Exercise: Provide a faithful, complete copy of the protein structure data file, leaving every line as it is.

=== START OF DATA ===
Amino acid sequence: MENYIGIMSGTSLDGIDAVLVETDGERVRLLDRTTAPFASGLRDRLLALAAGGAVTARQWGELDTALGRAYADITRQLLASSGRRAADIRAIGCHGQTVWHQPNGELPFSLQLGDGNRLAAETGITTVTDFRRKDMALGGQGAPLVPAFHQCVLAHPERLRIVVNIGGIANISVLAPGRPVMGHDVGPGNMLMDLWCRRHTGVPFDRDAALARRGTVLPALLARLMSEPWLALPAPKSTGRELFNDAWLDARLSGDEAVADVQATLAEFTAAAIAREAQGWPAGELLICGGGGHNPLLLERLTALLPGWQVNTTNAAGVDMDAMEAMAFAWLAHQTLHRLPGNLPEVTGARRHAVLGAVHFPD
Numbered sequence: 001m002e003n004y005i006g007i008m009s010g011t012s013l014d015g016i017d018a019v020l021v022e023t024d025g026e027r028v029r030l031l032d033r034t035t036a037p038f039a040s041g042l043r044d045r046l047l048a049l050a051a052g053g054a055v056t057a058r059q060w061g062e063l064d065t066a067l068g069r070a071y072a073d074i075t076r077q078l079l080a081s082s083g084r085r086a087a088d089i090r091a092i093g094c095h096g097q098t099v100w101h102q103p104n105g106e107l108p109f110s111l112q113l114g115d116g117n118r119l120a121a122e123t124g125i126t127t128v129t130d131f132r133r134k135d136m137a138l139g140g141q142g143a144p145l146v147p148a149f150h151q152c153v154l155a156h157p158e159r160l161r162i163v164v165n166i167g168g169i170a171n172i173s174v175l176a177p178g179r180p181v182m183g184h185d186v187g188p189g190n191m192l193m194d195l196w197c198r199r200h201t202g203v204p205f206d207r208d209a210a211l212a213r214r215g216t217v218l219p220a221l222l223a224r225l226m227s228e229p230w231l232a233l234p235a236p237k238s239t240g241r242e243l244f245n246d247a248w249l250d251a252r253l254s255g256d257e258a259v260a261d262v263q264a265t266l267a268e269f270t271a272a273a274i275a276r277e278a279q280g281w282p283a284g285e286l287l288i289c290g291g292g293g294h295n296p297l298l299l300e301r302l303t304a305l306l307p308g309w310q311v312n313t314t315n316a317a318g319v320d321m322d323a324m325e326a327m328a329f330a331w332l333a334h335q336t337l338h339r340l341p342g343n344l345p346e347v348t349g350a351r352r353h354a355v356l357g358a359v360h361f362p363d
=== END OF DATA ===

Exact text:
Amino acid sequence: MENYIGIMSGTSLDGIDAVLVETDGERVRLLDRTTAPFASGLRDRLLALAAGGAVTARQWGELDTALGRAYADITRQLLASSGRRAADIRAIGCHGQTVWHQPNGELPFSLQLGDGNRLAAETGITTVTDFRRKDMALGGQGAPLVPAFHQCVLAHPERLRIVVNIGGIANISVLAPGRPVMGHDVGPGNMLMDLWCRRHTGVPFDRDAALARRGTVLPALLARLMSEPWLALPAPKSTGRELFNDAWLDARLSGDEAVADVQATLAEFTAAAIAREAQGWPAGELLICGGGGHNPLLLERLTALLPGWQVNTTNAAGVDMDAMEAMAFAWLAHQTLHRLPGNLPEVTGARRHAVLGAVHFPD
Numbered sequence: 001m002e003n004y005i006g007i008m009s010g011t012s013l014d015g016i017d018a019v020l021v022e023t024d025g026e027r028v029r030l031l032d033r034t035t036a037p038f039a040s041g042l043r044d045r046l047l048a049l050a051a052g053g054a055v056t057a058r059q060w061g062e063l064d065t066a067l068g069r070a071y072a073d074i075t076r077q078l079l080a081s082s083g084r085r086a087a088d089i090r091a092i093g094c095h096g097q098t099v100w101h102q103p104n105g106e107l108p109f110s111l112q113l114g115d116g117n118r119l120a121a122e123t124g125i126t127t128v129t130d131f132r133r134k135d136m137a138l139g140g141q142g143a144p145l146v147p148a149f150h151q152c153v154l155a156h157p158e159r160l161r162i163v164v165n166i167g168g169i170a171n172i173s174v175l176a177p178g179r180p181v182m183g184h185d186v187g188p189g190n191m192l193m194d195l196w197c198r199r200h201t202g203v204p205f206d207r208d209a210a211l212a213r214r215g216t217v218l219p220a221l222l223a224r225l226m227s228e229p230w231l232a233l234p235a236p237k238s239t240g241r242e243l244f245n246d247a248w249l250d251a252r253l254s255g256d257e258a259v260a261d262v263q264a265t266l267a268e269f270t271a272a273a274i275a276r277e278a279q280g281w282p283a284g285e286l287l288i289c290g291g292g293g294h295n296p297l298l299l300e301r302l303t304a305l306l307p308g309w310q311v312n313t314t315n316a317a318g319v320d321m322d323a324m325e326a327m328a329f330a331w332l333a334h335q336t337l338h339r340l341p342g343n344l345p346e347v348t349g350a351r352r353h354a355v356l357g358a359v360h361f362p363d